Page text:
I wish I had a pound for everyone who’d ever told me that they didn’t want to be salesy. It’s completely understandable; we’ve all had our brushes with pushy salespeople who wouldn’t take no for an answer and didn’t care whether we needed what they were offering. The trouble is, it’s far too easy to go the other way. We don’t want to be pushy, so we end up not selling anything. The good news is that you can write words that sell without screeching ‘buy this now!’ in your customers’ faces.
Here’s what you need to remember.
You’re not selling, you’re helping
You’ve created a product or service that helps people to solve a problem or otherwise makes their life better. They’ll buy if they need or want what you offer. There might be all sorts of other reasons why they do it, but that’s the big one. The things you talk about in your marketing show them that you understand what they want. That’s it. You’re only talking to the people who need you, not trying to bully the ones who don’t into buying your stuff.
What’s the difference between copy and content?
When you’re trying to write words that sell there’s more than one kind of writing. It’s the kind of terminology that gets thrown around in copywriting groups because it’s a useful shorthand but is generally meaningless to anyone who doesn’t work in marketing. Broadly speaking, copy is the highly focused writing that’s written to make a sale. Content is the stuff that takes you by the hand and leads you there.
Build relationships with content
At the risk of going a bit meta, this blog post is an example of content. I’m not trying to sell you anything, I just want to gently encourage you to book a call with me to chat about the copy or content you might need for your business. My blog posts help you learn more about marketing, content writing and let you get to know me. Anything you write that isn’t sales-focused, whether that’s a blog or a social media post, can be classed as content.
What is copy for?
Copy is designed to motivate people to buy straight away. It isn’t necessarily pushy – it’s just focused on reasons for taking the step now rather than thinking about it for a bit longer. Part of this process involves creating urgency. This could be for practical reasons, for example, you’re running an event and this is their last chance to get a ticket.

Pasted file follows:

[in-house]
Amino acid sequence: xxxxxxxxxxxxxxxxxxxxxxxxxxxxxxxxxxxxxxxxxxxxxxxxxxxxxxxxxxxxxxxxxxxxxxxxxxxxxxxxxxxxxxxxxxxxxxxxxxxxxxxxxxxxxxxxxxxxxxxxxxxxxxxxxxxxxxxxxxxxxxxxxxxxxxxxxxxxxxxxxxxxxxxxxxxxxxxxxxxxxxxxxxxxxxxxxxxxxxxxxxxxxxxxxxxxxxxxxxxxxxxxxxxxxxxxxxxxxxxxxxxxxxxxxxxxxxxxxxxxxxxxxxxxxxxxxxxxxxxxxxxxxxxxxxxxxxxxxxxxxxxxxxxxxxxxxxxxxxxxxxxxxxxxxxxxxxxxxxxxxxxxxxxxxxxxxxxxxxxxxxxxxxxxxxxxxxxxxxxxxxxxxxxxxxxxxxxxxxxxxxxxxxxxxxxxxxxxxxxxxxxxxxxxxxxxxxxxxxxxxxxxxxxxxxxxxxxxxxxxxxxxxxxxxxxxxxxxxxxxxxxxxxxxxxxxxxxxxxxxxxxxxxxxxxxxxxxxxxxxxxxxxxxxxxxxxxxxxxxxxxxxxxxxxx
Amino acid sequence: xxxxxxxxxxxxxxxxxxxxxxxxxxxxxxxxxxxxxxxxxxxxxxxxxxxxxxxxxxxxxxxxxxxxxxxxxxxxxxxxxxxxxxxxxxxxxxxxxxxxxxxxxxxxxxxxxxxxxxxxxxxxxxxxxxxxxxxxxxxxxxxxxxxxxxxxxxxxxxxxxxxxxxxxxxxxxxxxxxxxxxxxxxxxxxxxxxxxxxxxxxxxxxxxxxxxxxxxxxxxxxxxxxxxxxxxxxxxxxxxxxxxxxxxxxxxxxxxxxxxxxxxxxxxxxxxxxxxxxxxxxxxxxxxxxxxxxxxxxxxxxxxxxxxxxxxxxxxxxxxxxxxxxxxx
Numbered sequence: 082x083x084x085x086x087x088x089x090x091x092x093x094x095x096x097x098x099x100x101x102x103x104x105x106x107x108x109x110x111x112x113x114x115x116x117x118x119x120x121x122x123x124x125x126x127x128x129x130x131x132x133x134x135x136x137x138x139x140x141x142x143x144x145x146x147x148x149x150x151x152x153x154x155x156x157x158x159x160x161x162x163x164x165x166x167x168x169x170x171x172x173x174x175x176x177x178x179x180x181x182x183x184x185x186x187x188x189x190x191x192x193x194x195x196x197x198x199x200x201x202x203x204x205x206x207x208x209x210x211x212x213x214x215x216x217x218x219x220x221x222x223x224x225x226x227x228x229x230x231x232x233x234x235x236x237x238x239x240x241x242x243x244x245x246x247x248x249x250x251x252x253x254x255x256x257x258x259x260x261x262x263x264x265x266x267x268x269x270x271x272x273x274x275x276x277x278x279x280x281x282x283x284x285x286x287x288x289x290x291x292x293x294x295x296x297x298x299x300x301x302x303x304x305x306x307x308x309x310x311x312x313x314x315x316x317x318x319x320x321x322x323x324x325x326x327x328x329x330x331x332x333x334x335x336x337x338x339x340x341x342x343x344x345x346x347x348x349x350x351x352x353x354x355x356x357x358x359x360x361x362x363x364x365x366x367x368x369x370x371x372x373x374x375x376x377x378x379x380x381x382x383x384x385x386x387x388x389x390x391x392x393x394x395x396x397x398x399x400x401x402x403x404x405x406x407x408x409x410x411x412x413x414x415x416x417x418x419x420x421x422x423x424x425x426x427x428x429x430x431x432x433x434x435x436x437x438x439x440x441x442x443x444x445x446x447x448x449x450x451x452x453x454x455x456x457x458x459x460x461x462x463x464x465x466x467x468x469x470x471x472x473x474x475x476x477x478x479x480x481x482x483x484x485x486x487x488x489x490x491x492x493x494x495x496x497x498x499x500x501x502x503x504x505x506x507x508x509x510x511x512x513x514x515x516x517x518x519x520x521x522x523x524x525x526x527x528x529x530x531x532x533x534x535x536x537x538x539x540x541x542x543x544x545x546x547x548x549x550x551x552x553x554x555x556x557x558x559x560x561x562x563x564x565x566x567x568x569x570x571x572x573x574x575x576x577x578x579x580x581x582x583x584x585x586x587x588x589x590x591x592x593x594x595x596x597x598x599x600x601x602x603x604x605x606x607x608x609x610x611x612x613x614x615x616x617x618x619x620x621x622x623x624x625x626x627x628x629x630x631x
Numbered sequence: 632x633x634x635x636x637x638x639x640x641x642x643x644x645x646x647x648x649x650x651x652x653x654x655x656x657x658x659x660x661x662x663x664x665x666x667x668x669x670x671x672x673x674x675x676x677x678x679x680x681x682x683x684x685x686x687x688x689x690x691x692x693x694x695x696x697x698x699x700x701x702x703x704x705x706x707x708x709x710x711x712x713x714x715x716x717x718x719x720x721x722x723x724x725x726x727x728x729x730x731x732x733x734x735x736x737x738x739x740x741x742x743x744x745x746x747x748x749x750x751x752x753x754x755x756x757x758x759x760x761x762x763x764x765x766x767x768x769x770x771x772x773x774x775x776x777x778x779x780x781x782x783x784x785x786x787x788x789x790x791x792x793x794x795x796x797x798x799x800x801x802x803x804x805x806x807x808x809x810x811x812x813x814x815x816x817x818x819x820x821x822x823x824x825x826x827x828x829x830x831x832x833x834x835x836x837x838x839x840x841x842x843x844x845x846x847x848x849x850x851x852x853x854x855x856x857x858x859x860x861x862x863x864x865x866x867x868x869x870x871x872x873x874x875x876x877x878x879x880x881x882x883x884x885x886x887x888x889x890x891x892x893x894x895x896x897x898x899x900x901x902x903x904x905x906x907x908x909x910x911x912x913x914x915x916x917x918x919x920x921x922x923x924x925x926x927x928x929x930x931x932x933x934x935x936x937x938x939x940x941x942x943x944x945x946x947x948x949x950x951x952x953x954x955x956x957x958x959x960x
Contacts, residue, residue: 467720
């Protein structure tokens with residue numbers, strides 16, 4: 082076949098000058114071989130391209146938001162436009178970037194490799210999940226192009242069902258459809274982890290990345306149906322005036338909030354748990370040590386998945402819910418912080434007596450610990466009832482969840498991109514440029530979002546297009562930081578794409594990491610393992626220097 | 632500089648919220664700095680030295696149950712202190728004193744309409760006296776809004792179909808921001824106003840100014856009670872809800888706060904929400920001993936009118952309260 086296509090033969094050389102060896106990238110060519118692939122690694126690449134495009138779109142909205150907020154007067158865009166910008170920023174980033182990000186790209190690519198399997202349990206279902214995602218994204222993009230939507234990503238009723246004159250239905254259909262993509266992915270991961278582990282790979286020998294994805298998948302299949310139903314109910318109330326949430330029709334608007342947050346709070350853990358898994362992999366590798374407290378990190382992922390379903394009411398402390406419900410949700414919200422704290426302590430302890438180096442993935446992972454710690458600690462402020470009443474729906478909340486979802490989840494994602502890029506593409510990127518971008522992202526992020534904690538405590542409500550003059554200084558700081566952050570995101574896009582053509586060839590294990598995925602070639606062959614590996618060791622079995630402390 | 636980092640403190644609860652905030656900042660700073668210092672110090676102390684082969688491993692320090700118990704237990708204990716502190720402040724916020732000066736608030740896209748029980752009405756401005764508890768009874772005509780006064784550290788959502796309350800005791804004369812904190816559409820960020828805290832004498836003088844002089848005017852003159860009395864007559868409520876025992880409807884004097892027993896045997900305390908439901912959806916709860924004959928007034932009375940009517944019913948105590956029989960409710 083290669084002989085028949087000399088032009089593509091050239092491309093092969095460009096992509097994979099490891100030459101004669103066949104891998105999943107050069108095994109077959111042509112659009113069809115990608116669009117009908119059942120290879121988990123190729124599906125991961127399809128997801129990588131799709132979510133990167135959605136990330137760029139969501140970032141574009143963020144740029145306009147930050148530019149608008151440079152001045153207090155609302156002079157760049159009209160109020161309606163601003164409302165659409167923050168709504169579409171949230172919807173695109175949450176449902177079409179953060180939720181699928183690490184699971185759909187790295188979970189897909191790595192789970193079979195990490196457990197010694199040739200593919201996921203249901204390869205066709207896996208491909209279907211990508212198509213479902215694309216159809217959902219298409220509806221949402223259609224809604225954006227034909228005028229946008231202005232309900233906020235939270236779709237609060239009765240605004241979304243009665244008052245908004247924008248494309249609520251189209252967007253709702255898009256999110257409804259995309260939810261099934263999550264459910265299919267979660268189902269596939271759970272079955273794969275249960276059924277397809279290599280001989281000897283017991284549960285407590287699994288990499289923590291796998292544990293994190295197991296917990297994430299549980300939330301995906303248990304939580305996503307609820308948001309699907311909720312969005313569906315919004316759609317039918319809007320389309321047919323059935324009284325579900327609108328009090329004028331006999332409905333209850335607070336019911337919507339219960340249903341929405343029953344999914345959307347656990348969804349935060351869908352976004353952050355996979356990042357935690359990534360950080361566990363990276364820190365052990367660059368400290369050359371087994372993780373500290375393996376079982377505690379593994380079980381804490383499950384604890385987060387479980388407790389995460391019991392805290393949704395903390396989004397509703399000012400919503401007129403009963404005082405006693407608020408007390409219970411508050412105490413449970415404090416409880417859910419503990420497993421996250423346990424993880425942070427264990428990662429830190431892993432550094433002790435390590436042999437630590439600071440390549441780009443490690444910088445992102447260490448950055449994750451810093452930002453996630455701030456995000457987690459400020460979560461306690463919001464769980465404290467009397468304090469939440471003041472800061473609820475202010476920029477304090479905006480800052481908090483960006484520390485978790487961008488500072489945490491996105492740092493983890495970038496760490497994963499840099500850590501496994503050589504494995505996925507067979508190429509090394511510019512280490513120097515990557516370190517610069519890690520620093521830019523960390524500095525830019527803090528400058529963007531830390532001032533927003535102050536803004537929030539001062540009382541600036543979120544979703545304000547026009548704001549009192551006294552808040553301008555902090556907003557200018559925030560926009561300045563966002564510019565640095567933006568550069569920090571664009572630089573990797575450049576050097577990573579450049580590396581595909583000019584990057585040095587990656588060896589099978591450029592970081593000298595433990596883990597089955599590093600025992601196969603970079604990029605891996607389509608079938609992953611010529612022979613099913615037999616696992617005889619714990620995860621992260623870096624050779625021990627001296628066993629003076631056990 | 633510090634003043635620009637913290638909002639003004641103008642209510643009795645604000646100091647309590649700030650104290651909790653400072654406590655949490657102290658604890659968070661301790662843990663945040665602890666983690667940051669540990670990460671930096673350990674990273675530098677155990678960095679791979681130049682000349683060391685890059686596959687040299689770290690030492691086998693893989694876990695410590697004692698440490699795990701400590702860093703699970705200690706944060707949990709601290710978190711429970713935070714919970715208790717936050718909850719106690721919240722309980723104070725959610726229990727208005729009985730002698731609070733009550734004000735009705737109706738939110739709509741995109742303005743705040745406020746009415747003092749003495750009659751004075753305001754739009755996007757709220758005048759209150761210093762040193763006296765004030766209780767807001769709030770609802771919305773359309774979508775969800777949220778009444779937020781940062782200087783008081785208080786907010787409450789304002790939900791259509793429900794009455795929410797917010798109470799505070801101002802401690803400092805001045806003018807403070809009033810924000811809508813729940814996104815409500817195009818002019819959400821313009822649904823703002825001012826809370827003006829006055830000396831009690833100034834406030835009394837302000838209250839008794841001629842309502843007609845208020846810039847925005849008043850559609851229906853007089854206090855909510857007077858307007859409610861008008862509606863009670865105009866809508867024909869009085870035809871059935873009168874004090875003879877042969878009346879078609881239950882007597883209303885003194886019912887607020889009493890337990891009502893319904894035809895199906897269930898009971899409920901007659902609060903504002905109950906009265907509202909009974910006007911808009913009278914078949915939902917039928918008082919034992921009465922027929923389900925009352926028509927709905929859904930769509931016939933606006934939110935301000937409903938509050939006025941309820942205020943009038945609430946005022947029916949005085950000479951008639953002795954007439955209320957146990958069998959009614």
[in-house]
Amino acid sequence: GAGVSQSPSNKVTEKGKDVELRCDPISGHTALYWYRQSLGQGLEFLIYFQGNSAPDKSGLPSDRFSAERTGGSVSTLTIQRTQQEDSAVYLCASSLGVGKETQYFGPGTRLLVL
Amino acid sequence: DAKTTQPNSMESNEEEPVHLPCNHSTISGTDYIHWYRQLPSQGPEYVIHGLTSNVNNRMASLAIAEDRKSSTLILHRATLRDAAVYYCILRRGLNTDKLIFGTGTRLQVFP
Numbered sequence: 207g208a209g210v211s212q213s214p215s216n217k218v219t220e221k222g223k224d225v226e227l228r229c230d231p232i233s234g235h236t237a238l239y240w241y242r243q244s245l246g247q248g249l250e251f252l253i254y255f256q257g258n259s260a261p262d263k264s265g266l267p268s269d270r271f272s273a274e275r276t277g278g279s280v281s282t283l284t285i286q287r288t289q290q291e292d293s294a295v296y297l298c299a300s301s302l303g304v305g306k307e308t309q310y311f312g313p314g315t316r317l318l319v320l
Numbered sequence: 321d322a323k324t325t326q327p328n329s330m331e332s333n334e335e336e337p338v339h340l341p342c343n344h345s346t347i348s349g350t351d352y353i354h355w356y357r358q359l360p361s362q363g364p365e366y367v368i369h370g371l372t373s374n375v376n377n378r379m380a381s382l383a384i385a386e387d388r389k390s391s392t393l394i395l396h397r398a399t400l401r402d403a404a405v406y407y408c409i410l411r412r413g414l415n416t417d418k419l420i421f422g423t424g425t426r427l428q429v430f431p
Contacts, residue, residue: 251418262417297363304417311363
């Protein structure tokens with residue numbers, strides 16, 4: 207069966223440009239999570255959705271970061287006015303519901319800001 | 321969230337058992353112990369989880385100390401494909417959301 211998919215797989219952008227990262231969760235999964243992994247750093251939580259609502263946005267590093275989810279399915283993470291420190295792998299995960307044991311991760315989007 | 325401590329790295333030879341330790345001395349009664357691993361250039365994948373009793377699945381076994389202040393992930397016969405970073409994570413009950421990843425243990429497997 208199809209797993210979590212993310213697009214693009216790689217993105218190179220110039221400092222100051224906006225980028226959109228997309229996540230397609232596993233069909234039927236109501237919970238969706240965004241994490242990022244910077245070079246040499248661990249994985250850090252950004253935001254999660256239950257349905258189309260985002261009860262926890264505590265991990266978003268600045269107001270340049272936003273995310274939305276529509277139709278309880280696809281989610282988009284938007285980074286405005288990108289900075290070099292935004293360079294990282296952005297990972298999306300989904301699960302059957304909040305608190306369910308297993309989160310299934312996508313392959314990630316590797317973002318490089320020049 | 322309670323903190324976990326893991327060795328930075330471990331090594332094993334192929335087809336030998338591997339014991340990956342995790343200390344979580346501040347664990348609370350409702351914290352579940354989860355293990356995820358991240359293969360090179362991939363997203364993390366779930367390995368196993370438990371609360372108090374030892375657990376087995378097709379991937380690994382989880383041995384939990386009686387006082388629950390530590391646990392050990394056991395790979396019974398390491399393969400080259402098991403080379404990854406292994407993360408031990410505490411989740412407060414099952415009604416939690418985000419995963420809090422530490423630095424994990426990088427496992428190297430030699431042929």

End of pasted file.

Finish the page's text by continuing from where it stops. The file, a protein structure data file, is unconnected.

The urgency could come from your customer; they’re exhausted because their baby doesn’t sleep or they’ve put self-care to the bottom of the list for too long. Your copy needs to show them why it’s time to change that.
The things you need to show your customers
Writing words that sell means showing your customers that you understand the problem and have the solution. Your content does the groundwork then your copy brings it all together.
You might want to talk about product features that you’re particularly proud of. The trouble is your customers don’t care unless they understand what’s in it for them. Don’t just tell them that your travel mug has double-layer insulation, tell them that it’ll keep their coffee hot through their whole commute and they’ll be much more interested. Do you need to build relationships with new content or create copy that convinces your audience to buy? I can help with that. Book a call here and let’s have a chat.
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